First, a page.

“The ‘needs’ at the bottom of the pyramid must be met before those at the top.”

I’m reminded of a psychological motivation theory that I learned about while I was studying for my psychology degree many years ago and also revisited when I qualified as a hypno-psychotherapist back in 2015. That theory is Maslow’s Hierarchy of Needs. There are several versions of the theory but in simple terms, it’s depicted as a pyramid which shows our needs as human beings. The needs at the bottom of the pyramid must be met before we can even think about those at the top.

At the moment, many of us will be in the ‘physiological needs’ and ‘safety needs’ parts of the pyramid. We’re spending our time surviving and trying to find a place where we feel safe because the current situation has ripped the safety net out from underneath us.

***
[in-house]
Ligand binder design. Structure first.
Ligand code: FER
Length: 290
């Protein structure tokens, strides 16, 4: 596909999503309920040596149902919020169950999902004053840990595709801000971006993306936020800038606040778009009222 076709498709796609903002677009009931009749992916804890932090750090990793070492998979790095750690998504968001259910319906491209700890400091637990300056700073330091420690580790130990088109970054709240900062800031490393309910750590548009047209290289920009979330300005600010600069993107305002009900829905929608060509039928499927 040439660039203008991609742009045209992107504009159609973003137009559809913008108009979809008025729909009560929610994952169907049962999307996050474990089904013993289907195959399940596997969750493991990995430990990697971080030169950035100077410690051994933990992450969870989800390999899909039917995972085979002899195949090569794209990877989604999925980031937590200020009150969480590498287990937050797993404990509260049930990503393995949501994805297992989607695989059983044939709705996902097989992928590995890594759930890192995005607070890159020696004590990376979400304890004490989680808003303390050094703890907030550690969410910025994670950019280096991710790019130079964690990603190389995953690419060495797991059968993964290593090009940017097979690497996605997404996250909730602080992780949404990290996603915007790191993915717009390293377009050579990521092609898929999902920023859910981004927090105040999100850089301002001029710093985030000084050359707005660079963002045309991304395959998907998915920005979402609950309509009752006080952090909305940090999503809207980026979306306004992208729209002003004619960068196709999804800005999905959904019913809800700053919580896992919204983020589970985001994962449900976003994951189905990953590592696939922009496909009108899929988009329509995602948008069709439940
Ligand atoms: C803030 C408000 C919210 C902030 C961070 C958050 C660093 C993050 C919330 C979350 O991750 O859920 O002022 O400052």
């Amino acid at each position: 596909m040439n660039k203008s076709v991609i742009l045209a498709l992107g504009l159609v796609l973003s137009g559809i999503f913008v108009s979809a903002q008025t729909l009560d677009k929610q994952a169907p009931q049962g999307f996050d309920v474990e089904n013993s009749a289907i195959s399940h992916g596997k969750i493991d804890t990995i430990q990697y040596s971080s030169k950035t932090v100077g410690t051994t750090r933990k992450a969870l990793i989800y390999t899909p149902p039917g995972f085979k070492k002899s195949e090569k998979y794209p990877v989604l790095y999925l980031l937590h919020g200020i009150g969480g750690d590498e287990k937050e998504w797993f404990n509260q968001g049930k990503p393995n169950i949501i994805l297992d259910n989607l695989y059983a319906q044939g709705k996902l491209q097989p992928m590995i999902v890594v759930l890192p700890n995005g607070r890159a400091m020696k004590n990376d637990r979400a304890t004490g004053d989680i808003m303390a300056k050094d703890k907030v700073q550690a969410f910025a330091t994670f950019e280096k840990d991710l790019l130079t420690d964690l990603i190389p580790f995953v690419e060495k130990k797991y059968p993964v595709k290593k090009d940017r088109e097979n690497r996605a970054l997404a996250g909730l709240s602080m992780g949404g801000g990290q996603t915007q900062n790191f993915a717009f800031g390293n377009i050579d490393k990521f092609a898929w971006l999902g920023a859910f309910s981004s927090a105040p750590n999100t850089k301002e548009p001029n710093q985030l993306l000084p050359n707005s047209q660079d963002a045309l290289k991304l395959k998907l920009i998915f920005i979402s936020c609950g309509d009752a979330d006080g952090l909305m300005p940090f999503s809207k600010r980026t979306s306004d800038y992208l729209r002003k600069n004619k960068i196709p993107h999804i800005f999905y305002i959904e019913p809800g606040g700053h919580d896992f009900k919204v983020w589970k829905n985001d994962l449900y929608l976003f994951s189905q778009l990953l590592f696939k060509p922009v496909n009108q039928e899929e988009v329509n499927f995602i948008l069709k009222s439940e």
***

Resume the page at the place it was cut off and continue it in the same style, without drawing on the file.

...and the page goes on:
Things like courses and opportunities for growth would be right at the top of the pyramid under ‘esteem’ and perhaps even ‘self actualisation’. Many of us won’t be up on those levels of our pyramids at the moment.

So if you’re feeling the pressure, thinking that you should be ‘using this time wisely’ and wondering why you’re struggling, remind yourself of Maslow’s theory and give yourself a break! There will be plenty of time for learning and growth when you’re feeling grounded again.

Need some help?

If you’re in need of some time to ‘be in the moment’ and recharge your batteries, our mindful yoga and pilates classes could help. If you’re in need of a bit more, why not try a hypnotherapy session with me? Sometimes a chat is all it takes to help you feel better about things.

Mental Health and Wellbeing